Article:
Is Vitamin K2 - MK4 really necessary vs MK7?

I am postmenopausal, not on any HRT or bisphosphonates, etc and am osteopenic, with slightly worse scores at the spine as time goes by. I take the usual calcium, magnesium, Vit. D3, boron, silica, etc. I have been taking Vit K2 for years, thinking that as long as it was K2, that's all I had to know. Now, on this website, I am learning about MK4 versus MK7 I see Vitamin K2 MK4 only sold online by a few companies like NCI or NSI, Carlson or Thorne. My internist, when he did some research at my prodding, recommends Osteo K.
He advises 45 mg of MK4, taken in 3 divided doses during the day. This is for its bone building properties.
Anyway, MK4 is so very, very much more expensive than the cheaper, much more available MK7. Is it REALLY worth it to get the MK4?
Most people not on this website don't even know about MK4. The only articles that I read about its benefits come from websites touting their own product. It seems like a lot of expense and aggravation (3x a day with food) for something that few outside this discussion group know anything about.And, for instance, if you take the Thorne drops, you'd have to take 15 drops 3 times a day with a fstty meal. I really eat only one big meal a day- in the evening- that's just how I am, so besides the expense, it will be harder just to have to eat 3 separate meals just to get in the MK4, but I'll do it, if it really makes a difference. Does it really matter, folks, if one just stays with MK7? Is MK4 the most untalked-about silver lining or is it worth the considerable money?
Any thoughts? I would very much appreciate your experience and knowledge.

Report post

8 replies. Join the discussion

Lara Pizzorno, the author of "Your Bones," says that about 1/3 of the population has a genetic inability to quickly process MK7, so it builds up in their systems and causes side effects. Those people--and I am one of them--do better using MK4. Apparently, the other 2/3 can use MK7 with no problem. Research on this is new and still underway.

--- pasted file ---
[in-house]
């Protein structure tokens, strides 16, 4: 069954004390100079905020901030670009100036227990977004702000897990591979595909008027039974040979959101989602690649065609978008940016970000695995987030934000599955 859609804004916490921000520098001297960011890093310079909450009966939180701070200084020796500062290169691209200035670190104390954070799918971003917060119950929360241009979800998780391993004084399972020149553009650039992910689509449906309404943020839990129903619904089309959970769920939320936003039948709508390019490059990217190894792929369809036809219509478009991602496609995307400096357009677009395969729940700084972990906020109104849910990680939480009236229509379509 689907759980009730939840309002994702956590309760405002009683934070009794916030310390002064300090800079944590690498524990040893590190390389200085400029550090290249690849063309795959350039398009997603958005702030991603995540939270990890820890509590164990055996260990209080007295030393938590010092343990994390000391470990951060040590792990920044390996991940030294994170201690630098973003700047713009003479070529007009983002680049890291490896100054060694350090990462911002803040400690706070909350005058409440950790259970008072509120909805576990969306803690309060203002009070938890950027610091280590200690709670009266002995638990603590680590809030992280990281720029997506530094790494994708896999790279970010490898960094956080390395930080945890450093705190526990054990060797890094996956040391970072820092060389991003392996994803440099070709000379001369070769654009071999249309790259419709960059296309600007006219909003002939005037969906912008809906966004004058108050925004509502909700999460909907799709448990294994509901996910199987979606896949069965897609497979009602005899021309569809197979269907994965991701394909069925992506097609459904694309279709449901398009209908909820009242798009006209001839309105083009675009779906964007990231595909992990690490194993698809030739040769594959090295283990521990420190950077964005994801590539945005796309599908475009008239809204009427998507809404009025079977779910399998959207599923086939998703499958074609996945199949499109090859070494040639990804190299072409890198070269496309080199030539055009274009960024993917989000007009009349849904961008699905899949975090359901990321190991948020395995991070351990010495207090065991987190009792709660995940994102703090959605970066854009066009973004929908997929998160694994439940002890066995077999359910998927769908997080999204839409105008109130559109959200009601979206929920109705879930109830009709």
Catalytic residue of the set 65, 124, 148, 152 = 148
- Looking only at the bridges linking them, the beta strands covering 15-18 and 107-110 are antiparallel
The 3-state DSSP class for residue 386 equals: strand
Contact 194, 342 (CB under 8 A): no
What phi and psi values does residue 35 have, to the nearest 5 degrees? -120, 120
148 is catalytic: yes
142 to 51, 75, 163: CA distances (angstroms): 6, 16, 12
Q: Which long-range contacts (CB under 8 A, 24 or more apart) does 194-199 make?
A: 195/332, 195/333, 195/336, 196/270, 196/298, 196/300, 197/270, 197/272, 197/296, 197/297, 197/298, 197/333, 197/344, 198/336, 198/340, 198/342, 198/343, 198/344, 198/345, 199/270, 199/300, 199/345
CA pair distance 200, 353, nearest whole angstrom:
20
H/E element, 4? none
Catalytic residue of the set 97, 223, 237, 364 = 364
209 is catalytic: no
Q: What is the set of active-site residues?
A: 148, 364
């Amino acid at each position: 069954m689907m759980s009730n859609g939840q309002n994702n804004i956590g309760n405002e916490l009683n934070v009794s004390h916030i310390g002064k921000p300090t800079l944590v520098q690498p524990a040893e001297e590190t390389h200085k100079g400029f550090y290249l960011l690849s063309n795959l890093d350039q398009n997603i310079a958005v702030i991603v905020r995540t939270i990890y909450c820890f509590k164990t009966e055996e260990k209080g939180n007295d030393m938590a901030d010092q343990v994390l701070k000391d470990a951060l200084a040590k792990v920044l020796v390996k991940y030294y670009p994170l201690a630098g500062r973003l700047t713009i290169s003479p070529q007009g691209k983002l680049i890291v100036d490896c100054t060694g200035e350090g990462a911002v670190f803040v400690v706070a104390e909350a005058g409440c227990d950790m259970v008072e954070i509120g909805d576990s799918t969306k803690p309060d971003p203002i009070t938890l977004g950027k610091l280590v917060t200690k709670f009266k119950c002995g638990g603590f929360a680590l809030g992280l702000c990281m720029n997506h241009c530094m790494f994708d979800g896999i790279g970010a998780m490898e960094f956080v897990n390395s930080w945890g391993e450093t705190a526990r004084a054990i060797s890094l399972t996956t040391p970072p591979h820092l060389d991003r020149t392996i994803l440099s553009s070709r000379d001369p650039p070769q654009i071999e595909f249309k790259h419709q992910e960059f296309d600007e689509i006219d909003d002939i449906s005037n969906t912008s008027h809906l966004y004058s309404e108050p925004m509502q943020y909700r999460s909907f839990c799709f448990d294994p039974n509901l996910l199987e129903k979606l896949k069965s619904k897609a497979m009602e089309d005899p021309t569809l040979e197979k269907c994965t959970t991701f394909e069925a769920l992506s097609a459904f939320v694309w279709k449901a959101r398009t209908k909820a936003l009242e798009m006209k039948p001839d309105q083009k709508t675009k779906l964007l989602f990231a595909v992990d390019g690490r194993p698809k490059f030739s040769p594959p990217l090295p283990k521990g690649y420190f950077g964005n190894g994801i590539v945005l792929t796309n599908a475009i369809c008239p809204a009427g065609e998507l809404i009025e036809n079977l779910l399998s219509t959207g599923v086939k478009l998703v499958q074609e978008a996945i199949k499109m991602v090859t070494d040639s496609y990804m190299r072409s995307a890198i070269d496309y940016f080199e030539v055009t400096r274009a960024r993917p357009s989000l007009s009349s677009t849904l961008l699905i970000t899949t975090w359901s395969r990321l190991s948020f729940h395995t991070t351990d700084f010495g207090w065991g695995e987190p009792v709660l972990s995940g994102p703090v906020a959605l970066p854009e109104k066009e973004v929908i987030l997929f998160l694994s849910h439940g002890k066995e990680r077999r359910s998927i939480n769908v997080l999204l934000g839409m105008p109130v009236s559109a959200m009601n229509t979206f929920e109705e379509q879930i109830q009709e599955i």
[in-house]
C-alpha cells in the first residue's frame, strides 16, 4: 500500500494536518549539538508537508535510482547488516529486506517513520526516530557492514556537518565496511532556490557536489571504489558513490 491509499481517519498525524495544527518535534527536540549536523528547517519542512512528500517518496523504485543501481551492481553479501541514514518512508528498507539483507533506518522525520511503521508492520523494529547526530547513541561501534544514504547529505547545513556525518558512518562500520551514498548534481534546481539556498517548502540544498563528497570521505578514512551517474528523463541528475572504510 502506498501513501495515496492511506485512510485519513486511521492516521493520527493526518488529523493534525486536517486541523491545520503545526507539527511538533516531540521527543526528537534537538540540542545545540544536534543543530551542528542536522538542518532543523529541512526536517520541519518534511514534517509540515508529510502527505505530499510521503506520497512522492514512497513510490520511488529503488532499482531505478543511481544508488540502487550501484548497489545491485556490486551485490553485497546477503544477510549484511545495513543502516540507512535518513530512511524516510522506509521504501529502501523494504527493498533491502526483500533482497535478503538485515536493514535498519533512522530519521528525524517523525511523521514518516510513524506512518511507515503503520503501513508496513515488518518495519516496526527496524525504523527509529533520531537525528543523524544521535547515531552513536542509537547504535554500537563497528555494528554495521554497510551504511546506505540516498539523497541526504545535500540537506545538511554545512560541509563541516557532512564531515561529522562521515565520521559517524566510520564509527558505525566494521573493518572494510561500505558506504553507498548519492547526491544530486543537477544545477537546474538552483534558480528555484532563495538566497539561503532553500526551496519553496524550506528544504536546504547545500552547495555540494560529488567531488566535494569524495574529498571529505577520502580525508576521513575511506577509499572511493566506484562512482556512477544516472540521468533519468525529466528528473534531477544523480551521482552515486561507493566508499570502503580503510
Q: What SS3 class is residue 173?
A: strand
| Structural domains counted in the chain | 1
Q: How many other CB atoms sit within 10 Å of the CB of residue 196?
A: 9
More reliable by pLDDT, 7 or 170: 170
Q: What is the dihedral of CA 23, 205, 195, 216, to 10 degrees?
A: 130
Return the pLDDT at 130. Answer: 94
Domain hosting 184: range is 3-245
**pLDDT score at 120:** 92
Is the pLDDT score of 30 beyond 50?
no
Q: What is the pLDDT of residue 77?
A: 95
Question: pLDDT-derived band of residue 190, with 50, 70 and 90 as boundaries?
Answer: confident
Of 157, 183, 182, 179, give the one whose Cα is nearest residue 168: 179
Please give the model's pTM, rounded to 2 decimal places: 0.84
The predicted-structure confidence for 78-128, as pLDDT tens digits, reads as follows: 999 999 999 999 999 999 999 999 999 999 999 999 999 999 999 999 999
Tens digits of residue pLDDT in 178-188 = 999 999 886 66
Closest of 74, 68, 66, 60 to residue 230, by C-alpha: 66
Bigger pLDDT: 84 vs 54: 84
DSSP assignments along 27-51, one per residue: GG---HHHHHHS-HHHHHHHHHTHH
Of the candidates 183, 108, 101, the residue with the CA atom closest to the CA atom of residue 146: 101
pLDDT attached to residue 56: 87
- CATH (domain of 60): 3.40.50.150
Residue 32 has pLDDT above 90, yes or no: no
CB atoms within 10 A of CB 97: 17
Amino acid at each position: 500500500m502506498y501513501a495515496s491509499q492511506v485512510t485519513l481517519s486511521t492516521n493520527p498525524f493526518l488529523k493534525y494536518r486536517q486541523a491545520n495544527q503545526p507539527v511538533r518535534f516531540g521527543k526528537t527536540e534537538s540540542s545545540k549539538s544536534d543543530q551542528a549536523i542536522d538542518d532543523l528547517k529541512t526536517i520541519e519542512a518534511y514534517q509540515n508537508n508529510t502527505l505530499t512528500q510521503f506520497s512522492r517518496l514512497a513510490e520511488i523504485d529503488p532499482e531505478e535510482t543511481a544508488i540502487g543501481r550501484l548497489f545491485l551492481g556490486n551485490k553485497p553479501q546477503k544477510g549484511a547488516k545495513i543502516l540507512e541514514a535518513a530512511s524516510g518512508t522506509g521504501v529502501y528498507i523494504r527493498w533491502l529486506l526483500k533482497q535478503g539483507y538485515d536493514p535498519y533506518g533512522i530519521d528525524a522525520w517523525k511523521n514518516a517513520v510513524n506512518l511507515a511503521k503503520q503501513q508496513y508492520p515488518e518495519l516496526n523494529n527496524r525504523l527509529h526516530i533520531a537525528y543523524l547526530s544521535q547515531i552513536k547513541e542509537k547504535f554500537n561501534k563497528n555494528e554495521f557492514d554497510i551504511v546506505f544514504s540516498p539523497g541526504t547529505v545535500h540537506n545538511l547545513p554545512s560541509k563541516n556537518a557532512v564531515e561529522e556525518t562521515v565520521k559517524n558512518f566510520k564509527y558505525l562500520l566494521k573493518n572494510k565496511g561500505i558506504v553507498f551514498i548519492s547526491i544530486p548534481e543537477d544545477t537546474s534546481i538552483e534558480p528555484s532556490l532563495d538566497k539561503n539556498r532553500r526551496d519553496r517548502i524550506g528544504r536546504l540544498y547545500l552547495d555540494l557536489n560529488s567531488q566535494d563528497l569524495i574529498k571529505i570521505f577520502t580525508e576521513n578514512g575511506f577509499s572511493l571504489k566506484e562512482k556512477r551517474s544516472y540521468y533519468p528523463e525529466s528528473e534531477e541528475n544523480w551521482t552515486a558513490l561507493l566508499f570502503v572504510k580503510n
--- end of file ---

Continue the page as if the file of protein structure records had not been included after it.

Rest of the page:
However, I have had benefits from MK4 that make the trouble and extra expense worth it. MK7 did not provide these benefits: my chronic right-sided sinus congestion is quickly cleared soon after I take MK4. It returns 7-8 hours later, when the MK4 wears off. Roughness of the skin on my knuckles, a condition I've had for many years, is also greatly inproved by MK4. I am conducting a n=1 experiment right now to see if larger or smaller doses of MK4 affect the skin condition.

As for carboxylation of osteocalcin to take calcium out of arteries and joints and put it in bones--apparently both types of K2 do that. Lara Pizzorno uses MK7 herself, and the author of "Vitamin K2 and the Calcium Paradox" seems unaware of the special benefits of MK4.

MK7 is slightly stimulating, so I felt wonderful while I was taking it (about 2 months). However, I would wake up around 3-4 am and not be able to get back to sleep. This and heart palpitations are commonly reported side effects of MK7.

If I had severe osteoporosis and could afford it, I would take 15 mg of MK4 3x a day. (I would also do that if I had osteonecrosis of the jaw.) With osteopenia, absent any side effects of MK7, I would probably stick with MK7 and closely monitor the osteopenia (and also take strontium citrate).

By the way, you don't need to eat a meal to take K2. Just eat a little fat--a teaspoon of coconut oil or butter.

Report post

kwiyet1,

How long ago did you add K2 mk4?

Report post

Hello kwiet1. Great answer on your part.
Two questions for you:
Can you refer me to the NIH study that you referenced?
Also, I have read of the benefits of lycopene. Did you take 30 mg capsules or did you eat tomato products, etc.?
If you got the lycopene from food, how much food made your 30 mg?
I seem to have read somewhere that the lycopene capsules are not as effective as the real lycopene in food, but I don't remember where I read that

Report post

@ kwiyet1,

You are right, Vitamin K(2) mk4 has little effect on DXA-BMD.